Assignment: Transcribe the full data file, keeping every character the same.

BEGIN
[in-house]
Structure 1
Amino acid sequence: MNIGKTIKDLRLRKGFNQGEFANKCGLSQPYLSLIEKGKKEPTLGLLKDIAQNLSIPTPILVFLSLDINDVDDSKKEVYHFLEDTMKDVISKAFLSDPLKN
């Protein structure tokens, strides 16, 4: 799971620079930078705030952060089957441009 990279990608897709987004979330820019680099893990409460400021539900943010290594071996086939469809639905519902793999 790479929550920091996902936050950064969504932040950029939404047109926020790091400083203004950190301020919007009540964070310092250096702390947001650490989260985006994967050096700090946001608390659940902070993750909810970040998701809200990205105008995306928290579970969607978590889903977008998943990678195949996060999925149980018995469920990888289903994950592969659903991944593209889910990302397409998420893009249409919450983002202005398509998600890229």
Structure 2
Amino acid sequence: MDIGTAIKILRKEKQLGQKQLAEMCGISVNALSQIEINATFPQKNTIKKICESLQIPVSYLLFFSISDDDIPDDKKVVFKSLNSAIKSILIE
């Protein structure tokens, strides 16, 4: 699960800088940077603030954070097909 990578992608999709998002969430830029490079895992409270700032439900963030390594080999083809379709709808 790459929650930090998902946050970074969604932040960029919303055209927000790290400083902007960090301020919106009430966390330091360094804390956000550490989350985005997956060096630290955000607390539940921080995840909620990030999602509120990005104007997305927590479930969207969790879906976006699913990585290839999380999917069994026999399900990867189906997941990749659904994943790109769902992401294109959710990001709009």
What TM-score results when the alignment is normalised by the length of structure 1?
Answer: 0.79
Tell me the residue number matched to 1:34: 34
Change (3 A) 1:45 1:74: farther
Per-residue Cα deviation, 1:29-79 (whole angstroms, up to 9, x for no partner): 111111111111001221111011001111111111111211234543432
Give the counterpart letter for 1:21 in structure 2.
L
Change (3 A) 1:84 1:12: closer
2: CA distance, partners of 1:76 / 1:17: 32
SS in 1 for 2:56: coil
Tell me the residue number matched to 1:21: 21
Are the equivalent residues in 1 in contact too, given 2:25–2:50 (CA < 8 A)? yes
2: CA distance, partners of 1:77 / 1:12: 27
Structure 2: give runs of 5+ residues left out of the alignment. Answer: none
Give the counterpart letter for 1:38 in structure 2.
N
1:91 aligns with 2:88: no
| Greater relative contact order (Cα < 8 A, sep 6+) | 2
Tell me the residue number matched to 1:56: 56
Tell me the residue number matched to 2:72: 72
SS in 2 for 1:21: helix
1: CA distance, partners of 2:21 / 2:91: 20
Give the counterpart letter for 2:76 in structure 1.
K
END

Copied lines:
[in-house]
Structure 1
Amino acid sequence: MNIGKTIKDLRLRKGFNQGEFANKCGLSQPYLSLIEKGKKEPTLGLLKDIAQNLSIPTPILVFLSLDINDVDDSKKEVYHFLEDTMKDVISKAFLSDPLKN
């Protein structure tokens, strides 16, 4: 799971620079930078705030952060089957441009 990279990608897709987004979330820019680099893990409460400021539900943010290594071996086939469809639905519902793999 790479929550920091996902936050950064969504932040950029939404047109926020790091400083203004950190301020919007009540964070310092250096702390947001650490989260985006994967050096700090946001608390659940902070993750909810970040998701809200990205105008995306928290579970969607978590889903977008998943990678195949996060999925149980018995469920990888289903994950592969659903991944593209889910990302397409998420893009249409919450983002202005398509998600890229």
Structure 2
Amino acid sequence: MDIGTAIKILRKEKQLGQKQLAEMCGISVNALSQIEINATFPQKNTIKKICESLQIPVSYLLFFSISDDDIPDDKKVVFKSLNSAIKSILIE
């Protein structure tokens, strides 16, 4: 699960800088940077603030954070097909 990578992608999709998002969430830029490079895992409270700032439900963030390594080999083809379709709808 790459929650930090998902946050970074969604932040960029919303055209927000790290400083902007960090301020919106009430966390330091360094804390956000550490989350985005997956060096630290955000607390539940921080995840909620990030999602509120990005104007997305927590479930969207969790879906976006699913990585290839999380999917069994026999399900990867189906997941990749659904994943790109769902992401294109959710990001709009």
What TM-score results when the alignment is normalised by the length of structure 1?
Answer: 0.79
Tell me the residue number matched to 1:34: 34
Change (3 A) 1:45 1:74: farther
Per-residue Cα deviation, 1:29-79 (whole angstroms, up to 9, x for no partner): 111111111111001221111011001111111111111211234543432
Give the counterpart letter for 1:21 in structure 2.
L
Change (3 A) 1:84 1:12: closer
2: CA distance, partners of 1:76 / 1:17: 32
SS in 1 for 2:56: coil
Tell me the residue number matched to 1:21: 21
Are the equivalent residues in 1 in contact too, given 2:25–2:50 (CA < 8 A)? yes
2: CA distance, partners of 1:77 / 1:12: 27
Structure 2: give runs of 5+ residues left out of the alignment. Answer: none
Give the counterpart letter for 1:38 in structure 2.
N
1:91 aligns with 2:88: no
| Greater relative contact order (Cα < 8 A, sep 6+) | 2
Tell me the residue number matched to 1:56: 56
Tell me the residue number matched to 2:72: 72
SS in 2 for 1:21: helix
1: CA distance, partners of 2:21 / 2:91: 20
Give the counterpart letter for 2:76 in structure 1.
K